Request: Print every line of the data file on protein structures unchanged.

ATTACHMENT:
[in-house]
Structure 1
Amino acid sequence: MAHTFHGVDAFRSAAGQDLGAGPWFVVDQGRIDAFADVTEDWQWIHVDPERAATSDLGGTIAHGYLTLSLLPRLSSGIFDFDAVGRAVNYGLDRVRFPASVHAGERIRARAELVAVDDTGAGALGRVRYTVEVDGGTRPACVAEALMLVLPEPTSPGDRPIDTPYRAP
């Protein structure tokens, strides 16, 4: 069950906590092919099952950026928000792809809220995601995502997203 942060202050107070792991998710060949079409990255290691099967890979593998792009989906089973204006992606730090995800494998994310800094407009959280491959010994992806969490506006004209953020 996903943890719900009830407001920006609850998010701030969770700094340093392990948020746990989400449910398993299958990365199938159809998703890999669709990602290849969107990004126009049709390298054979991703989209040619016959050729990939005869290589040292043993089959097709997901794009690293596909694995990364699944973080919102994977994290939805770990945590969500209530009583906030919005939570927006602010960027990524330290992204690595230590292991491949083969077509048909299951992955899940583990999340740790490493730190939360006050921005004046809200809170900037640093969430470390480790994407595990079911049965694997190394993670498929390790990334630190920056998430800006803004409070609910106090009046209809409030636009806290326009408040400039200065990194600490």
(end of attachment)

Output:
[in-house]
Structure 1
Amino acid sequence: MAHTFHGVDAFRSAAGQDLGAGPWFVVDQGRIDAFADVTEDWQWIHVDPERAATSDLGGTIAHGYLTLSLLPRLSSGIFDFDAVGRAVNYGLDRVRFPASVHAGERIRARAELVAVDDTGAGALGRVRYTVEVDGGTRPACVAEALMLVLPEPTSPGDRPIDTPYRAP
């Protein structure tokens, strides 16, 4: 069950906590092919099952950026928000792809809220995601995502997203 942060202050107070792991998710060949079409990255290691099967890979593998792009989906089973204006992606730090995800494998994310800094407009959280491959010994992806969490506006004209953020 996903943890719900009830407001920006609850998010701030969770700094340093392990948020746990989400449910398993299958990365199938159809998703890999669709990602290849969107990004126009049709390298054979991703989209040619016959050729990939005869290589040292043993089959097709997901794009690293596909694995990364699944973080919102994977994290939805770990945590969500209530009583906030919005939570927006602010960027990524330290992204690595230590292991491949083969077509048909299951992955899940583990999340740790490493730190939360006050921005004046809200809170900037640093969430470390480790994407595990079911049965694997190394993670498929390790990334630190920056998430800006803004409070609910106090009046209809409030636009806290326009408040400039200065990194600490």